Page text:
In World War 2, almost every nation produced propaganda movies to fill the population, especially soldiers, with enthusiasm for their country and, if necessary, “ginger” them to lay down their lives. Given the huge expense of this endeavour, studies were carried out in the US to test their effectiveness; the result was disappointing as the propaganda movies failed to “ginger the soldiers”.The primary reason for this was that the soldiers were aware that the movies were propaganda which discredited the message the movies tried to pass across. Nine weeks later, they ran the tests again and something unexpected happened — whoever had seen the movies expressed much more support for the war than those who had not seen it.This baffled the scientists especially as the expectation was that the message would have waned over time — amazingly, the opposite is true for propaganda; if it strikes a chord with someone, this influence will only increase over time. This is known as the sleeper effect, which posits that the source of an argument fades faster than the argument.Interestingly, this explains why advertising works; ideally, logic demands that one recognizes an advert for what it is — a white-washed and sometimes highfalutin story about a product or service packaged to get the viewer to patronize them, because which ad would talk about the downsides of their product? — and categorize and discredit the advert. But it’s quite possible that after a few weeks, you won’t remember if you picked up certain information from a well-researched article or a tacky advert.One such occurrence of this effect in the Bible is with the children of Israel in the Book of Exodus 1, before their enslavement.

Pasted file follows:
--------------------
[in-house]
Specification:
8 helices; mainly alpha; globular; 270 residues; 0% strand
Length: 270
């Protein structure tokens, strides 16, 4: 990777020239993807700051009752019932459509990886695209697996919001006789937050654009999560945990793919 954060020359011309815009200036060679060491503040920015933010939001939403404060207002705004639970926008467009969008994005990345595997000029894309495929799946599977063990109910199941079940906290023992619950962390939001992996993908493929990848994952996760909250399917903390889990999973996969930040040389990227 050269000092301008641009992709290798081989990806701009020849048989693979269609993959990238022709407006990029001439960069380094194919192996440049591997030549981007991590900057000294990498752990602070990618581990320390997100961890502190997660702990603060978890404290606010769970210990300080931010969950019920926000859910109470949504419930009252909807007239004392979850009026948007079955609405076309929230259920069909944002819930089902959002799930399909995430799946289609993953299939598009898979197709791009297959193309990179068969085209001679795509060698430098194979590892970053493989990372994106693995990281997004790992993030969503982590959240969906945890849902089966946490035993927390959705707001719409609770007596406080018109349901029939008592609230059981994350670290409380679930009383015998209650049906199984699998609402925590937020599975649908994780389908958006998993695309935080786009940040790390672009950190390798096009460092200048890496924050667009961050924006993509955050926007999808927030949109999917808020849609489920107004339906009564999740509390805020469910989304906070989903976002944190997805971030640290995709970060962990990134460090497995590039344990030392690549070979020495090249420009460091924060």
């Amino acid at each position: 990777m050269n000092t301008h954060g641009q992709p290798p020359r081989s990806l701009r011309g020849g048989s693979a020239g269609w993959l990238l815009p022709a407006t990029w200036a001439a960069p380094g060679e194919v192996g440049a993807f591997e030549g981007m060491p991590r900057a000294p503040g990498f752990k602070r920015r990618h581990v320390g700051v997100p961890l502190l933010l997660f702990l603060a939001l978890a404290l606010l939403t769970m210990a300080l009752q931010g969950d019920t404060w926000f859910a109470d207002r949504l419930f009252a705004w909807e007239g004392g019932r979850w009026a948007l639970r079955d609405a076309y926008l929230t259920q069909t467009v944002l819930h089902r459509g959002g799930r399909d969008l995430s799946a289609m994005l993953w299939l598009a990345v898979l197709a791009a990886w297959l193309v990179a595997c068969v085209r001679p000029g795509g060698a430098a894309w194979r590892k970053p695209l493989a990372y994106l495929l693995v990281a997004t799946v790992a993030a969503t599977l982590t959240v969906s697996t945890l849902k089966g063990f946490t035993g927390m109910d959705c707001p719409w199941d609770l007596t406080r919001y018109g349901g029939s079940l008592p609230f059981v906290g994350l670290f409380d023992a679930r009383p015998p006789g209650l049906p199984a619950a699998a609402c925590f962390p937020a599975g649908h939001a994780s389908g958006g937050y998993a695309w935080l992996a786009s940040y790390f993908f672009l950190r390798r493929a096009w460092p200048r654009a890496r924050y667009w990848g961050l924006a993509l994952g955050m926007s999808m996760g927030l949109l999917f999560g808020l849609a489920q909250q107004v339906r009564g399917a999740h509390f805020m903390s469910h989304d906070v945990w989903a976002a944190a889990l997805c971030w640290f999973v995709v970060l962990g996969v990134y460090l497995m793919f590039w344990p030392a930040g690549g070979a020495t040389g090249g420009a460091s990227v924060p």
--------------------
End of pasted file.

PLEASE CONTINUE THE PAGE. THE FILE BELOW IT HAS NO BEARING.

Now there arose a new king over Egypt, who did not know Joseph. And he said to his people, “Look, the people of the children of Israel are more and mightier than we;…..But the more they afflicted them, the more they multiplied and grew. And they were in dread of the children of Israel.‭‭Exodus‬ ‭1‬:‭8‬-‭9‬, ‭12‬ ‭NKJV‬‬